The crucial argument that was relevant during the cold war was that if a conventional war ever broke out between the Soviet Union and the NATO powers, it would, in effect, be a third world war. It would not just be a local conflict; it would be a global conflict of dimensions comparable with both the first and second world war. There is no prospect of a global conflict of that kind in the foreseeable future. The great powers have not the remotest intention of going to war with each other, and there is no fundamental issue that might even lead towards that in the foreseeable future. The wars that we are trying to avoid are essentially local conflicts in various parts of the world. That is still a serious matter, but one cannot use the argument that we must therefore have nuclear weapons in those countries, because the logic would then apply to 180 countries around the world, and that would result in an unsustainable situation.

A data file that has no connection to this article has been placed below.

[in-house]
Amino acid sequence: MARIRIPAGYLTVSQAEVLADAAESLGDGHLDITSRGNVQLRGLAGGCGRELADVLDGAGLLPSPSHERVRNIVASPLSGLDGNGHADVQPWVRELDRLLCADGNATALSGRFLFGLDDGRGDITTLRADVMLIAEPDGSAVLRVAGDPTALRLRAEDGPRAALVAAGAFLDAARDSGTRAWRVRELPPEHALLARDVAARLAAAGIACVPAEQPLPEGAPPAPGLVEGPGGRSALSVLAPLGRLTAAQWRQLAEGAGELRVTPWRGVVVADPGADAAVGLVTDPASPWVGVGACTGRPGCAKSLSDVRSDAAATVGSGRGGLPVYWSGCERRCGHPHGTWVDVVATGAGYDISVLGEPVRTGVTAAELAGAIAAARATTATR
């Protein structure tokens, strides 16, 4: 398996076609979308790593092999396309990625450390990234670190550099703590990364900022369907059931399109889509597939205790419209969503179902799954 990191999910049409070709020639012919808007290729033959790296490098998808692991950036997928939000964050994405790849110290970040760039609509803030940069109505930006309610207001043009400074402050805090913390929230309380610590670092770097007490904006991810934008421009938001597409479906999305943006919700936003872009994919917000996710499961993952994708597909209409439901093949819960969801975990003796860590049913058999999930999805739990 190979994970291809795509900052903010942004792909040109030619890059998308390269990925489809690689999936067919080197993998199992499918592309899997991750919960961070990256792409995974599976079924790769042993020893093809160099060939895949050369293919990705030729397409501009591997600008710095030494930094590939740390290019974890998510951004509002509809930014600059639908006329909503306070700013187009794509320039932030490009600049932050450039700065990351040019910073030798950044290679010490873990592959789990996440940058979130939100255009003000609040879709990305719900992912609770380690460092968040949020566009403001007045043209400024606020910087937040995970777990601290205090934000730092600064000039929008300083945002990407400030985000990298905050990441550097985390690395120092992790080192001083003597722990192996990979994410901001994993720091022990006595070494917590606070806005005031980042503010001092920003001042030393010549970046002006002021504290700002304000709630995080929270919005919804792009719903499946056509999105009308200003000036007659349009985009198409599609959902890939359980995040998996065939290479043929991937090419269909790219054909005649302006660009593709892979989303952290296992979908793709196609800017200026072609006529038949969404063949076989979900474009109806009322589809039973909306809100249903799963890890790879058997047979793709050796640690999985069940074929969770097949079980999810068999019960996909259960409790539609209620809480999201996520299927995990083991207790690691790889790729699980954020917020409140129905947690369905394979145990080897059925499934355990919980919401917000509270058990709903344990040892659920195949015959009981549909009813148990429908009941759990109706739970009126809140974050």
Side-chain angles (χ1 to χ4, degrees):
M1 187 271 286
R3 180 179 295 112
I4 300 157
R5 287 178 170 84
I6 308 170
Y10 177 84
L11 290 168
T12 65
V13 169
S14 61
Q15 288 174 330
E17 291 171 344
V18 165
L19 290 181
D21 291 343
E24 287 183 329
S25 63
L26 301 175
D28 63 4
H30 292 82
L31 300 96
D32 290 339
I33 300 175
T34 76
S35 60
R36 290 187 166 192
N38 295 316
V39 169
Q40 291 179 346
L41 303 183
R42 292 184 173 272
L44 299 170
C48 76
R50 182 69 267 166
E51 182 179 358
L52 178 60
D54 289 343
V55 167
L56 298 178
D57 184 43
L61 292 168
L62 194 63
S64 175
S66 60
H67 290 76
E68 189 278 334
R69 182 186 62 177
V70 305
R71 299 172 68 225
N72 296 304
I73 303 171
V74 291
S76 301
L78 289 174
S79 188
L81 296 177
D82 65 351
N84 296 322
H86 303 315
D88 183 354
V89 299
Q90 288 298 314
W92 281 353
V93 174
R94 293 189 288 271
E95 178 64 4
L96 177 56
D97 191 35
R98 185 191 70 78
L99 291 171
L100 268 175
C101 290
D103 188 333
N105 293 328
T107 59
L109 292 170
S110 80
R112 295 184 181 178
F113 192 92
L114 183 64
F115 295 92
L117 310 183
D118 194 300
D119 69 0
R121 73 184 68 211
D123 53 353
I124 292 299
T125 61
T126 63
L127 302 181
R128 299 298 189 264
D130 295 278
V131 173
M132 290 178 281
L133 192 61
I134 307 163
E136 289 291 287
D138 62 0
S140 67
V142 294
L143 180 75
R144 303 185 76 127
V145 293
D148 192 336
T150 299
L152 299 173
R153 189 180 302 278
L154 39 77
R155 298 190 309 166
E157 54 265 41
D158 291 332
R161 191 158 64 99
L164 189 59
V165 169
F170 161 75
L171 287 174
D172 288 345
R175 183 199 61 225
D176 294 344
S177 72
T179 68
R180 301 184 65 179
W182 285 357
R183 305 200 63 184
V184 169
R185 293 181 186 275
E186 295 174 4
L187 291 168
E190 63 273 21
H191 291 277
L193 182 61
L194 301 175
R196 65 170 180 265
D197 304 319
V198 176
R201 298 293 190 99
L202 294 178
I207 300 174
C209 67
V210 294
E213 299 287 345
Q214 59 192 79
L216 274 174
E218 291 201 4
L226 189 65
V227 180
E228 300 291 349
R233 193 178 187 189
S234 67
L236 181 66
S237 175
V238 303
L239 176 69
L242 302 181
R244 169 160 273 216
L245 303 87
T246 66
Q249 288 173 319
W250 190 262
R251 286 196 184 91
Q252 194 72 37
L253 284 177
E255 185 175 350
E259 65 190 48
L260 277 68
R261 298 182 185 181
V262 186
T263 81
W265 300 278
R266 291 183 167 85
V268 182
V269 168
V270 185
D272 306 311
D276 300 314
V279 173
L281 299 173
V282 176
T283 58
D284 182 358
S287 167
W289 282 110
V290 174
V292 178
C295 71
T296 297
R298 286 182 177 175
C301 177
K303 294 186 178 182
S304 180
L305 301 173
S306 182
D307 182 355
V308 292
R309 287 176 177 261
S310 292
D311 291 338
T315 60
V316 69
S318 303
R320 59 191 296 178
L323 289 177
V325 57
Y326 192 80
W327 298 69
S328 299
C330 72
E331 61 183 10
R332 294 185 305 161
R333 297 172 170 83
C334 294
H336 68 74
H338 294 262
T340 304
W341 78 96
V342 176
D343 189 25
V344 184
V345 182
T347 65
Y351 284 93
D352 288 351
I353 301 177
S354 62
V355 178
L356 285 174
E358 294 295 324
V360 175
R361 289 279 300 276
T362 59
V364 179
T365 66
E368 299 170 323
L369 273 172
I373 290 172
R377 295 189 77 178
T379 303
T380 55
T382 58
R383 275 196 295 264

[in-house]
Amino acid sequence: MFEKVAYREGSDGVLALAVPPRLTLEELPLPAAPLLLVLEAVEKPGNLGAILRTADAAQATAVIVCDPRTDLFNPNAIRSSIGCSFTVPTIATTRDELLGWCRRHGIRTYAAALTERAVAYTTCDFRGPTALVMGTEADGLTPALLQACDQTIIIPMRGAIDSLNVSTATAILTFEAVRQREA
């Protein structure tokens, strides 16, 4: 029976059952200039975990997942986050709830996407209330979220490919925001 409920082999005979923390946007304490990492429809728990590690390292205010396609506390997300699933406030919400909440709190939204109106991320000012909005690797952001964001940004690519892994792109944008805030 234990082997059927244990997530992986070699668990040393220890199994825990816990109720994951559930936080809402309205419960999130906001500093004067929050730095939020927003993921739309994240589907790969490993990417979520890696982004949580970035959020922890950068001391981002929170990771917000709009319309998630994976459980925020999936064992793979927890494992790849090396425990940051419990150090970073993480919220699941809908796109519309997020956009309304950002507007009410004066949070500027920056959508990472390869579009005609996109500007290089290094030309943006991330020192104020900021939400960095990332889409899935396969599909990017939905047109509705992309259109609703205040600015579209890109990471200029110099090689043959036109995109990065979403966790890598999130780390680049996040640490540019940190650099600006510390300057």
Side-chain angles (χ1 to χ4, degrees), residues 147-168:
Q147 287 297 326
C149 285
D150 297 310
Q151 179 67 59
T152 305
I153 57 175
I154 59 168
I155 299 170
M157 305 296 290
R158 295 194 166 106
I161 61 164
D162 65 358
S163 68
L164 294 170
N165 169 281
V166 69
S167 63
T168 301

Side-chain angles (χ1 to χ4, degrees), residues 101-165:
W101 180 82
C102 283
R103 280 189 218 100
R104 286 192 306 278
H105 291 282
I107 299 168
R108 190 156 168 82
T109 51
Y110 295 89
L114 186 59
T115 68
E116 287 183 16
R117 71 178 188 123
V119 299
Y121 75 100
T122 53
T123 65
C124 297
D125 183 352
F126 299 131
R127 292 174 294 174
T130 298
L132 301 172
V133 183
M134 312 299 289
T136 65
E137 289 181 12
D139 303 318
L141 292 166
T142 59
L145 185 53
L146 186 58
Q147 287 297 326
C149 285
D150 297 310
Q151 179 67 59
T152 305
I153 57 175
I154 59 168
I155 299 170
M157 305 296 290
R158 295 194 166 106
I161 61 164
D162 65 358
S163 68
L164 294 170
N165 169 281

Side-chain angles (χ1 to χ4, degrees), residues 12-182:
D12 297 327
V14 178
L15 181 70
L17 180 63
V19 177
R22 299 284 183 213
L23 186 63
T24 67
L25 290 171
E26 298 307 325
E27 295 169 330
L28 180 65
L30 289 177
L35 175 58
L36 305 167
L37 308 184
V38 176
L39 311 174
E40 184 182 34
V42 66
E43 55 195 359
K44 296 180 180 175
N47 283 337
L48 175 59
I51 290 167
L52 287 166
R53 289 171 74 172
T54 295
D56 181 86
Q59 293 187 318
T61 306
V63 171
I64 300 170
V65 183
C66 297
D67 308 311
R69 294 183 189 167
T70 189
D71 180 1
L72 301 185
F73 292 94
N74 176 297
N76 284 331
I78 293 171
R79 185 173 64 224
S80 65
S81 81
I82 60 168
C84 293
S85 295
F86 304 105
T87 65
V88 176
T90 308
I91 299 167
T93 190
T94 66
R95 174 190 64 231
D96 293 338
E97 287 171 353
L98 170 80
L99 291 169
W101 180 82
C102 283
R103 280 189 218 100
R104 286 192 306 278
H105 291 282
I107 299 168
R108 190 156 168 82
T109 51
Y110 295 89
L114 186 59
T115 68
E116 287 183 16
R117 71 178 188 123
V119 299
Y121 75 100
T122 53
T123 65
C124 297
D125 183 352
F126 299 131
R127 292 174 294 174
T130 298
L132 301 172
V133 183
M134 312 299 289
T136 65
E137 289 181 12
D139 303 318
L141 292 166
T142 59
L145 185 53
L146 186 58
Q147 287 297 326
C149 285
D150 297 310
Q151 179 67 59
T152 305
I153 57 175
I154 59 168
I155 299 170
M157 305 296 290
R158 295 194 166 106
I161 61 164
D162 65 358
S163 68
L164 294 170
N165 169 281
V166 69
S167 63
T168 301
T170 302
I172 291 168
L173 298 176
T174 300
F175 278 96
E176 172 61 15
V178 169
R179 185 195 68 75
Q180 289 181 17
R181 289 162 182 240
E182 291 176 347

In any event, even if the India and Pakistan situation in respect of the outbreak of conventional conflict has, in some way, been assisted by the fact that they are now both nuclear weapon states, that must be set against the downside that flows from what has been happening in recent years. The proliferation of nuclear weapons states has increased alarmingly, is increasing and, if we are not careful, will continue increasing so that it will encompass many more states around the world. We are talking not only about nuclear weapons states, but about the fissile material that is available, because when that fissile material is available and people such as A. Q. Khan in Pakistan are prepared to sell information to rogue states, the risks of that information getting into the hands of terrorist organisations become far more serious.